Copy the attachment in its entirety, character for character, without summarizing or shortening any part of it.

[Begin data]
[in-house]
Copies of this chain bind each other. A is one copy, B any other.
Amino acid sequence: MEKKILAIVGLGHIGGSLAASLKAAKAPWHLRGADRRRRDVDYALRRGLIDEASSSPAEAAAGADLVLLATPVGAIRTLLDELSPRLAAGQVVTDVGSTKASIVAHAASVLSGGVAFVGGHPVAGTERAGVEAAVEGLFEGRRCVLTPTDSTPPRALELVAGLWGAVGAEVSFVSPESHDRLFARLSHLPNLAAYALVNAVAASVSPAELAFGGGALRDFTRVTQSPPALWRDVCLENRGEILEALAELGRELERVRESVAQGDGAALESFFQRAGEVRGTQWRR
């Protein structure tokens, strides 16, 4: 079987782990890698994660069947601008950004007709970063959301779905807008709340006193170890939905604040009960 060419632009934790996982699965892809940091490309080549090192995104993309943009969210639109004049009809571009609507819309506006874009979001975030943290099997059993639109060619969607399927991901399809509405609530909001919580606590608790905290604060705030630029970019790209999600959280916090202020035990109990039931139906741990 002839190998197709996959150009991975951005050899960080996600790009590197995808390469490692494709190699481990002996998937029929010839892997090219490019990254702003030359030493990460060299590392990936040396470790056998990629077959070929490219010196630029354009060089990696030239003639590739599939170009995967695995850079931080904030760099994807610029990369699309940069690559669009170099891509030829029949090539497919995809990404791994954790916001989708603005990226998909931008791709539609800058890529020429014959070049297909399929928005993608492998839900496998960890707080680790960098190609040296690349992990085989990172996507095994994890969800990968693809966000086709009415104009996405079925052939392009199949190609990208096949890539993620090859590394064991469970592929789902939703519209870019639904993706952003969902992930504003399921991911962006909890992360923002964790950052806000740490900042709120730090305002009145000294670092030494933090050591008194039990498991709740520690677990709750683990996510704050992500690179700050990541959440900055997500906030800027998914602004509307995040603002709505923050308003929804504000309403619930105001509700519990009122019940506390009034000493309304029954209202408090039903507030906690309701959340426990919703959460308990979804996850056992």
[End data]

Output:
[in-house]
Copies of this chain bind each other. A is one copy, B any other.
Amino acid sequence: MEKKILAIVGLGHIGGSLAASLKAAKAPWHLRGADRRRRDVDYALRRGLIDEASSSPAEAAAGADLVLLATPVGAIRTLLDELSPRLAAGQVVTDVGSTKASIVAHAASVLSGGVAFVGGHPVAGTERAGVEAAVEGLFEGRRCVLTPTDSTPPRALELVAGLWGAVGAEVSFVSPESHDRLFARLSHLPNLAAYALVNAVAASVSPAELAFGGGALRDFTRVTQSPPALWRDVCLENRGEILEALAELGRELERVRESVAQGDGAALESFFQRAGEVRGTQWRR
């Protein structure tokens, strides 16, 4: 079987782990890698994660069947601008950004007709970063959301779905807008709340006193170890939905604040009960 060419632009934790996982699965892809940091490309080549090192995104993309943009969210639109004049009809571009609507819309506006874009979001975030943290099997059993639109060619969607399927991901399809509405609530909001919580606590608790905290604060705030630029970019790209999600959280916090202020035990109990039931139906741990 002839190998197709996959150009991975951005050899960080996600790009590197995808390469490692494709190699481990002996998937029929010839892997090219490019990254702003030359030493990460060299590392990936040396470790056998990629077959070929490219010196630029354009060089990696030239003639590739599939170009995967695995850079931080904030760099994807610029990369699309940069690559669009170099891509030829029949090539497919995809990404791994954790916001989708603005990226998909931008791709539609800058890529020429014959070049297909399929928005993608492998839900496998960890707080680790960098190609040296690349992990085989990172996507095994994890969800990968693809966000086709009415104009996405079925052939392009199949190609990208096949890539993620090859590394064991469970592929789902939703519209870019639904993706952003969902992930504003399921991911962006909890992360923002964790950052806000740490900042709120730090305002009145000294670092030494933090050591008194039990498991709740520690677990709750683990996510704050992500690179700050990541959440900055997500906030800027998914602004509307995040603002709505923050308003929804504000309403619930105001509700519990009122019940506390009034000493309304029954209202408090039903507030906690309701959340426990919703959460308990979804996850056992």